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Middle Level Edition

High School Edition

Every month, Science Class features curriculum topics tailored to match the focus of NSTA's K–12 journals. In this issue, the elementary edition will focus on Alternative Assessment. Each theme will be supported by a range of NSTA-approved teaching resources: news stories, Internet "SciLinks®," books, and NSTA journal articles. If you would like to view the middle level or high school editions, please click on the appropriate link in the menu bar.

We hope you enjoy Science Class. Please continue to let us know via our Feedback link how you like the newsletter and how we can make it better for you.

ALTERNATIVE ASSESSMENT

Elementary science educators are in the middle of the continuing debate surrounding standardized tests. President Bush's No Child Left Behind Act requires all school systems to have an assessment plan for students in grades 3-8 by the 2005-2006 school year. For most states, that will mean a series of standardized tests aligned to each state's curriculum. Some education experts, however, note that alternative assessments have a greater usefulness for evaluating students and that the contentious atmosphere around standardized testing has given rise to a need for such exams.

Alternative assessment strategies can provide additional and more comfortable methods for students to demonstrate what they have learned. In this issue of Science Class, you will find various news and journal articles, books, and websites that discuss the problems with standardized tests and offer resources on alternative assessments. Read on and see what new methods you can learn to assess your students.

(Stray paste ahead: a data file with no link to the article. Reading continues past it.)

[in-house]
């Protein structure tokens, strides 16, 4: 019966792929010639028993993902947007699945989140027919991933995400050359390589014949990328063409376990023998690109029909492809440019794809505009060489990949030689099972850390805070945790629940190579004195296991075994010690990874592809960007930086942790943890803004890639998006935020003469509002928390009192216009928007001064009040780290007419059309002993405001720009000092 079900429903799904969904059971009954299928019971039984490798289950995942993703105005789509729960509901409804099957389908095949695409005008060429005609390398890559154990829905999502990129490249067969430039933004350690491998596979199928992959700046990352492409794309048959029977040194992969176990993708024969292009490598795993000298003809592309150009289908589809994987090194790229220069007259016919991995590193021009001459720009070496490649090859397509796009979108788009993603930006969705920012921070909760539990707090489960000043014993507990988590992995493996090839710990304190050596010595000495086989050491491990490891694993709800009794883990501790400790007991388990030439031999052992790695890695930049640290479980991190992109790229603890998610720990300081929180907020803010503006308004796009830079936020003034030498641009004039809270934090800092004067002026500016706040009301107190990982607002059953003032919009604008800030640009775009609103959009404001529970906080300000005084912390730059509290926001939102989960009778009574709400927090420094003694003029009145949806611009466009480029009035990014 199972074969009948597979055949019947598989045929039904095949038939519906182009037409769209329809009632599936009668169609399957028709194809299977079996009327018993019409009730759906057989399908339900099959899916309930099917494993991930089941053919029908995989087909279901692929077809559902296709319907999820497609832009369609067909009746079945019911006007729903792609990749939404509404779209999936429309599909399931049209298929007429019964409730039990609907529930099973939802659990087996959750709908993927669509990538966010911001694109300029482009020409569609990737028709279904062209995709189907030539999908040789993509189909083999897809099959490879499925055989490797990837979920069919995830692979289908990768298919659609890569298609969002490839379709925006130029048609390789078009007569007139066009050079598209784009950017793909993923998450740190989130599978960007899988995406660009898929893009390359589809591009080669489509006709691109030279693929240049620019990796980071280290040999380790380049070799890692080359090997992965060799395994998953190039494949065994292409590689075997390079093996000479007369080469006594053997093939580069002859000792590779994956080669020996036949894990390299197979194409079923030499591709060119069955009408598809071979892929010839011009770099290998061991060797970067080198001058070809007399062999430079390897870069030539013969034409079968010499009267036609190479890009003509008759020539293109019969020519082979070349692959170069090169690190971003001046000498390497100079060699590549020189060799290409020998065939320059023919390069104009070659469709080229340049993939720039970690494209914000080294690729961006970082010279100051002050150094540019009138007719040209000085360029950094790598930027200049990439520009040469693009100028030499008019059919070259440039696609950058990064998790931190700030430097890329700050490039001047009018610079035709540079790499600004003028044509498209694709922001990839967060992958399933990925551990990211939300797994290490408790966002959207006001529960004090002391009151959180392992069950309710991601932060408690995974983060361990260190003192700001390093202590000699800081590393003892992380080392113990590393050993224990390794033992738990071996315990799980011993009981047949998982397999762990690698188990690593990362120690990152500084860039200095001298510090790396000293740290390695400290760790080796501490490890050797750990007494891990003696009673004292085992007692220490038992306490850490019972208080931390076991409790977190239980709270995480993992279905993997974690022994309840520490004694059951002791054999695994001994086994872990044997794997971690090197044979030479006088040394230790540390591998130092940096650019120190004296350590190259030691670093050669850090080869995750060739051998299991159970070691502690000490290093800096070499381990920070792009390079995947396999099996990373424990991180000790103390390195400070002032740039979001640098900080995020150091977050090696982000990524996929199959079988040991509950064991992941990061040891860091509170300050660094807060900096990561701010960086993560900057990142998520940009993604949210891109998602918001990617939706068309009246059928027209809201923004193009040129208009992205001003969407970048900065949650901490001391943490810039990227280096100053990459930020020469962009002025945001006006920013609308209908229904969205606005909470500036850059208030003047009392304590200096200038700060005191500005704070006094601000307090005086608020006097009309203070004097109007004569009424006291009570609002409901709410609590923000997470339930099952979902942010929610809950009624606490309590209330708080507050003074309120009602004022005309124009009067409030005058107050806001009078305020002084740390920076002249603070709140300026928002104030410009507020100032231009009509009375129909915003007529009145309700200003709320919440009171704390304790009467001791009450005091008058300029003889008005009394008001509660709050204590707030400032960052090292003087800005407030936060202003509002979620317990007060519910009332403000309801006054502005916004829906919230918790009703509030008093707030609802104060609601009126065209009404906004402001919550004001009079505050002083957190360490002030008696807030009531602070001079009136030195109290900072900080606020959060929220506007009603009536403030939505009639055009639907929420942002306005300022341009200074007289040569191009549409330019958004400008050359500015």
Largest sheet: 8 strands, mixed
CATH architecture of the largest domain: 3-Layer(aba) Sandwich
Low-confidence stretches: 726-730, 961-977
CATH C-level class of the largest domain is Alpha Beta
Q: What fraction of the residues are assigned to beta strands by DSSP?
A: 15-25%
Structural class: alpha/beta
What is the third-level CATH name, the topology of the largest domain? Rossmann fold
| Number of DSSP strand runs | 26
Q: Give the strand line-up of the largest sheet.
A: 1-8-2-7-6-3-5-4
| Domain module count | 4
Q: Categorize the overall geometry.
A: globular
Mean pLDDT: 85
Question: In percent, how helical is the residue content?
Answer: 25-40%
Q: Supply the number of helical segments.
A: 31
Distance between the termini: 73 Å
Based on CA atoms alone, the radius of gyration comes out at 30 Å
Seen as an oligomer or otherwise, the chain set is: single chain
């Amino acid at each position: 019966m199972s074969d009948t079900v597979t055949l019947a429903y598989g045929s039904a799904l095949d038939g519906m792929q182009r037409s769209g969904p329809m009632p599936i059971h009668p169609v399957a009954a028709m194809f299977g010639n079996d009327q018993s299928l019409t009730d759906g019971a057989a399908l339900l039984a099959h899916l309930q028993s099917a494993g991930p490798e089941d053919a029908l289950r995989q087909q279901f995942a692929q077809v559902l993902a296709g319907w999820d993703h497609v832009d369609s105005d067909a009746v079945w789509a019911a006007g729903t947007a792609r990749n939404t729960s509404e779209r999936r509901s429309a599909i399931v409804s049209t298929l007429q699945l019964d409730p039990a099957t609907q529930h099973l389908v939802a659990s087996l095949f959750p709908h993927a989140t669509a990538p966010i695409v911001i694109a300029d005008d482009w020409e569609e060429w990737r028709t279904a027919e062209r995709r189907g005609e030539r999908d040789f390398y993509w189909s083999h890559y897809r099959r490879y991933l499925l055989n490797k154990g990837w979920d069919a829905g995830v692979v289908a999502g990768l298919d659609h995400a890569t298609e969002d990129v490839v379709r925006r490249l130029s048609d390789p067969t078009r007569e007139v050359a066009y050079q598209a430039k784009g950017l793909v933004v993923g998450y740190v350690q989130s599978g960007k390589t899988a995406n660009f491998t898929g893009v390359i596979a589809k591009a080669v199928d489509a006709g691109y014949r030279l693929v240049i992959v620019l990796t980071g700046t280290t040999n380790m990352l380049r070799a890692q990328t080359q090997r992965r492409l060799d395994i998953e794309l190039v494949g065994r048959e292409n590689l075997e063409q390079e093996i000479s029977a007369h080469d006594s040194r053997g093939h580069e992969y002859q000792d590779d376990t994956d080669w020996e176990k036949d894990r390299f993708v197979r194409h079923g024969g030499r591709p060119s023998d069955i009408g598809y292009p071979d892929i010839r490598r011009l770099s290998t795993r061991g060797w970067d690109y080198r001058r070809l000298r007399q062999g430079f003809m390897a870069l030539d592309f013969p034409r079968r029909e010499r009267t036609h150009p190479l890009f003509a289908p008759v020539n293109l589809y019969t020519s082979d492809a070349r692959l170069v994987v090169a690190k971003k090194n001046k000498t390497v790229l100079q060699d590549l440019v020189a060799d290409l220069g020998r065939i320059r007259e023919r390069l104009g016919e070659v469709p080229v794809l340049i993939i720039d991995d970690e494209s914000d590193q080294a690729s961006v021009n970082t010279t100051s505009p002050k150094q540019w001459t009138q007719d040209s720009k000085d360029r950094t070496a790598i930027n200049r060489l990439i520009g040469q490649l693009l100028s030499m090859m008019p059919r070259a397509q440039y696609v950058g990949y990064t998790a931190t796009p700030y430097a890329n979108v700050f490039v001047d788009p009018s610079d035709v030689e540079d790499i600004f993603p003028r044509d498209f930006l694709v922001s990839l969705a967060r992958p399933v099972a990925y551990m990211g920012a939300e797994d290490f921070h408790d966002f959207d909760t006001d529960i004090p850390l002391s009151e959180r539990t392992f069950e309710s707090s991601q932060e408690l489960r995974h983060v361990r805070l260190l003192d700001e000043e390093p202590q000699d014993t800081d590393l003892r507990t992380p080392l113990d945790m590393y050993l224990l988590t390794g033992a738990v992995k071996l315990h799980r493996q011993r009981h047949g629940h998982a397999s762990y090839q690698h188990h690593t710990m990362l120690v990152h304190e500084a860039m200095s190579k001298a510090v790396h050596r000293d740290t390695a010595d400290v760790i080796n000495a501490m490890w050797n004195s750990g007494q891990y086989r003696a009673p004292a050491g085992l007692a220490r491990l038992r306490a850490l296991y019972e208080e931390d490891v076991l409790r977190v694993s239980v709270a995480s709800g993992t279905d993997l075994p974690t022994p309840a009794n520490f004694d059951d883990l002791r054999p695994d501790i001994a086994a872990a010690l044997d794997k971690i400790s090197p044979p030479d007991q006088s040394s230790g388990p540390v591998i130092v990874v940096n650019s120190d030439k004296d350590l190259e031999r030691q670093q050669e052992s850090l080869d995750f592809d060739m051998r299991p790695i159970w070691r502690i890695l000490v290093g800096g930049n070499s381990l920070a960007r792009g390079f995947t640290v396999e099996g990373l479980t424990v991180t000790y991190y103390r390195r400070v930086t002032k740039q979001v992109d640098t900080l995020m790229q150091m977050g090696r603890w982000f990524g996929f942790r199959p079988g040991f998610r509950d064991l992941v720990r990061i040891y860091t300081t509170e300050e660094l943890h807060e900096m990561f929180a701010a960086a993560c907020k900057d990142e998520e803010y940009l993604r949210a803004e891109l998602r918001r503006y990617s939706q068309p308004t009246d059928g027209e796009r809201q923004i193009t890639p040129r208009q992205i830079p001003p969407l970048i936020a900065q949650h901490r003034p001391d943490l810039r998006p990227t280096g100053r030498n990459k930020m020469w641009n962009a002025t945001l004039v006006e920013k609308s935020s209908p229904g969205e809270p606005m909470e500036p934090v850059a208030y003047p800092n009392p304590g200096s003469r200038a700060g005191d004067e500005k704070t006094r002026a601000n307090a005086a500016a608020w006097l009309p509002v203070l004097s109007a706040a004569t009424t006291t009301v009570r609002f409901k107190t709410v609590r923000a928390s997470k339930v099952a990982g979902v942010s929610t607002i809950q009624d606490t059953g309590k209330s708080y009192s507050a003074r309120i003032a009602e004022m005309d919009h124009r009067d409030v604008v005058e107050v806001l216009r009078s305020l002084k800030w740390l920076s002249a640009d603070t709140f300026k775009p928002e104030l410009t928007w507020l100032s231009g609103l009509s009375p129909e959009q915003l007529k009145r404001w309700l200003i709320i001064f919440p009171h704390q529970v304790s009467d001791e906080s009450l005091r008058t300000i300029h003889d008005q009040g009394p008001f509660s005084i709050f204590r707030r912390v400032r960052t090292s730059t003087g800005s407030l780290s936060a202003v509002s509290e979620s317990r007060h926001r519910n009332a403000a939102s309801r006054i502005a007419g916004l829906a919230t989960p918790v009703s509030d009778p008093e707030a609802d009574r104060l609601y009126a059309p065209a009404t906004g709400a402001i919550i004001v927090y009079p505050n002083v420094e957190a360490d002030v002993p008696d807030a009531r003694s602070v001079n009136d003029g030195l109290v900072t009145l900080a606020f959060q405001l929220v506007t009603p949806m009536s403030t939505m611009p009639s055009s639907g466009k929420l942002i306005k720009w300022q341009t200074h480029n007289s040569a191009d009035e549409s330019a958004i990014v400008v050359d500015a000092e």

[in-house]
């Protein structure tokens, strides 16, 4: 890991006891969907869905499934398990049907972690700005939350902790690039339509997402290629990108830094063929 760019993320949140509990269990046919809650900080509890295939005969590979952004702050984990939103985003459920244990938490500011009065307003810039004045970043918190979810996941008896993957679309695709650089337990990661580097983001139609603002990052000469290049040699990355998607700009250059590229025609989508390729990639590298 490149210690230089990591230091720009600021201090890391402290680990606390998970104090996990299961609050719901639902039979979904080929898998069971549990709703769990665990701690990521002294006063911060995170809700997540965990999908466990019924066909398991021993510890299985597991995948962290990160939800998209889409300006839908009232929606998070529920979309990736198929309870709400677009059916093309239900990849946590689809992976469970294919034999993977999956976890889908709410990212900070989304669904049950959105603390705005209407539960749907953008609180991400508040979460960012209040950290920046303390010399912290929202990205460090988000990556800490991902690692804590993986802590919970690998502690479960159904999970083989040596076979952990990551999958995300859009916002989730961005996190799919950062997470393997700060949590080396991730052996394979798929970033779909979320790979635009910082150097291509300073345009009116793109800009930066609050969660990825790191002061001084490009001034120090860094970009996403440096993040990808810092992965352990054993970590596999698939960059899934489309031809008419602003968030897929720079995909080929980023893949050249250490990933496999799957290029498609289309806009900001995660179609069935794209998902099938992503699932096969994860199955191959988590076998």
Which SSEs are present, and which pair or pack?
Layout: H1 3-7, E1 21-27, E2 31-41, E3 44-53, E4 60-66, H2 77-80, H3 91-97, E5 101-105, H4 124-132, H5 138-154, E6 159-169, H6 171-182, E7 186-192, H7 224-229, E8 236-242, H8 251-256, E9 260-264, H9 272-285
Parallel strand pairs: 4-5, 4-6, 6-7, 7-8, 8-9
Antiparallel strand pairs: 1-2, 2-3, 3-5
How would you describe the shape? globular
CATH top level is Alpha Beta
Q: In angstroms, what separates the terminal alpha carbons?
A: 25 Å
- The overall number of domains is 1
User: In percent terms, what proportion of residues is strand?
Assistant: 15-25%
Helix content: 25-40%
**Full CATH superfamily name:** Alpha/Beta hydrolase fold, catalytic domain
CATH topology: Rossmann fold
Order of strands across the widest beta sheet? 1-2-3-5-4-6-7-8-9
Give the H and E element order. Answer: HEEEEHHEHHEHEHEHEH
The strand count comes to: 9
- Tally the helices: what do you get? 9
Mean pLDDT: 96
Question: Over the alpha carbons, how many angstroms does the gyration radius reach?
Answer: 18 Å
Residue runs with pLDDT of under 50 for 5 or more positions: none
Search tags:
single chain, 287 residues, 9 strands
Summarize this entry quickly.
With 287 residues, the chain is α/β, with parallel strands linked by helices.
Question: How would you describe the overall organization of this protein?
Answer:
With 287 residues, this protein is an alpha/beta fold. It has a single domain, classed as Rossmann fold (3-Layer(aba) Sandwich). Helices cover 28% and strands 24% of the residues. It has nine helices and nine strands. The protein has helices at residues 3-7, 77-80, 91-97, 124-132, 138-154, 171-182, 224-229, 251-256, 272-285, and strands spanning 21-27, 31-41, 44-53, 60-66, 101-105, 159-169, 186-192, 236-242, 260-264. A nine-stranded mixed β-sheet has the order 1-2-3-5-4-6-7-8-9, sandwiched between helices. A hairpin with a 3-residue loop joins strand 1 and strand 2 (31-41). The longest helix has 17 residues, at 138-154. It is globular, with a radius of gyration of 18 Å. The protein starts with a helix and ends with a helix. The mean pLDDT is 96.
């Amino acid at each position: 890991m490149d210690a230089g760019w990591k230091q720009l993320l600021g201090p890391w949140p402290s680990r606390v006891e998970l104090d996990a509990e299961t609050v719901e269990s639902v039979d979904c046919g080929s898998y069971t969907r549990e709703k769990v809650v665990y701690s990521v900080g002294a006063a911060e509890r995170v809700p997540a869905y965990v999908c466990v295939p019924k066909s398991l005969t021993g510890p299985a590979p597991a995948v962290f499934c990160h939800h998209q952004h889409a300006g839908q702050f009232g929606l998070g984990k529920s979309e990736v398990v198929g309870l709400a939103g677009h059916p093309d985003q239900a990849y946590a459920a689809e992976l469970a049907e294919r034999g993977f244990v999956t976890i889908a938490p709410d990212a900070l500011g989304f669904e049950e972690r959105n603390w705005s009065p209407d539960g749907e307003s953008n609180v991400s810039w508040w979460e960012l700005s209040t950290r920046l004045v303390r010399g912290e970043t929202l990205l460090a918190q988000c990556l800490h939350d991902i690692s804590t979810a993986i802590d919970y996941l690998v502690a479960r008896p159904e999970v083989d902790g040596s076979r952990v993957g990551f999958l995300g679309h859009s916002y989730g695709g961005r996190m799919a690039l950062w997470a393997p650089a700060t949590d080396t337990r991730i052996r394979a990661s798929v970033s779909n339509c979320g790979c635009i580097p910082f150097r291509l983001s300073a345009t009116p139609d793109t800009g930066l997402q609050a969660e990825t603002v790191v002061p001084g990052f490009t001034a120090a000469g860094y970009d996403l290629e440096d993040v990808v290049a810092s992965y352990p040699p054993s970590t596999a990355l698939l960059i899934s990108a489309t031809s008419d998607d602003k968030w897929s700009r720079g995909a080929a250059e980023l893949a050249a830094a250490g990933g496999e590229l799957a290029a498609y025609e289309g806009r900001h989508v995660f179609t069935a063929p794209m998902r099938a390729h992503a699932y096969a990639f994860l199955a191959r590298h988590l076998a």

Alternative Assessment in the News

Article summaries provided by the NSTA WebNews Service.

Click here to read the latest:

http://science.nsta.org/enewsletter/2003-05/news_stories_elementary.htm

Alternative Assessment on the Net

SciLinks® is a web-based service from NSTA that provides online content chosen for selected keywords. This month's SciLink keyword is:

Assessment: http://www.scilinks.org/retrieve_outside.asp?sl=9263562110551033

Alternative Assessment in NSTA Journal Articles

The following journal articles provide you with ideas for classroom lessons and activities related to alternative assessment.

From this month's Science & Children: http://www.nsta.org/elementaryschool

From the Science & Children archives:: http://science.nsta.org/enewsletter/2003-05/elementary.htm

Books on Alternative Assessment

Check out these titles from NSTA Recommends:

http://science.nsta.org/enewsletter/2003-05/books_elementary.htm

Alternative Assessment in May's Science & Children

This month's Teaching Through Trade Books department focuses on "Weather Watchers." Making actual weather observations can be a great connection to reading about clouds and weather. Links to cloud pictures as well as
directions for making a simple barometer and wind vane are at http://www.nsta.org/main/news/stories/science_and_children.php?category_ID=86&news_story_ID=48248.

Sometimes teachers can't avoid paper-and-pencil tests. The online version of "Designing Assessment" includes tips for writing better, clearer test questions. http://www.nsta.org/main/news/stories/science_and_children.php?category_ID=86&news_story_ID=48253.


Professional Development

The Eisenhower National Clearinghouse provides a good introduction to professional development with an article by Susan Loucks-Horsley. Click here to learn more and to read about the five principles of professional development.

http://www.enc.org/professional/learn/ideas/science/document.shtm?input=ACQ-142559-2559_2,00.shtm

NSTA Opportunities

Write for NSTA's Journals

NSTA needs your expertise. To find out how, visit:

Science & Children (Grades PreK–5) http://science.nsta.org/enewsletter/2003-05/sc.htm

Meet Author Mia Posada!

The award-winning author of Ladybugs: Red, Fiery, and Bright and Dandelions: Stars in the Grass takes your questions throughout the month of May.

Click here to join the discussion:

http://www.nsta.org/main/forum/forumdisplay.php?s=&forumid=48.

Next Month's Theme:

Safety in the Science Classroom


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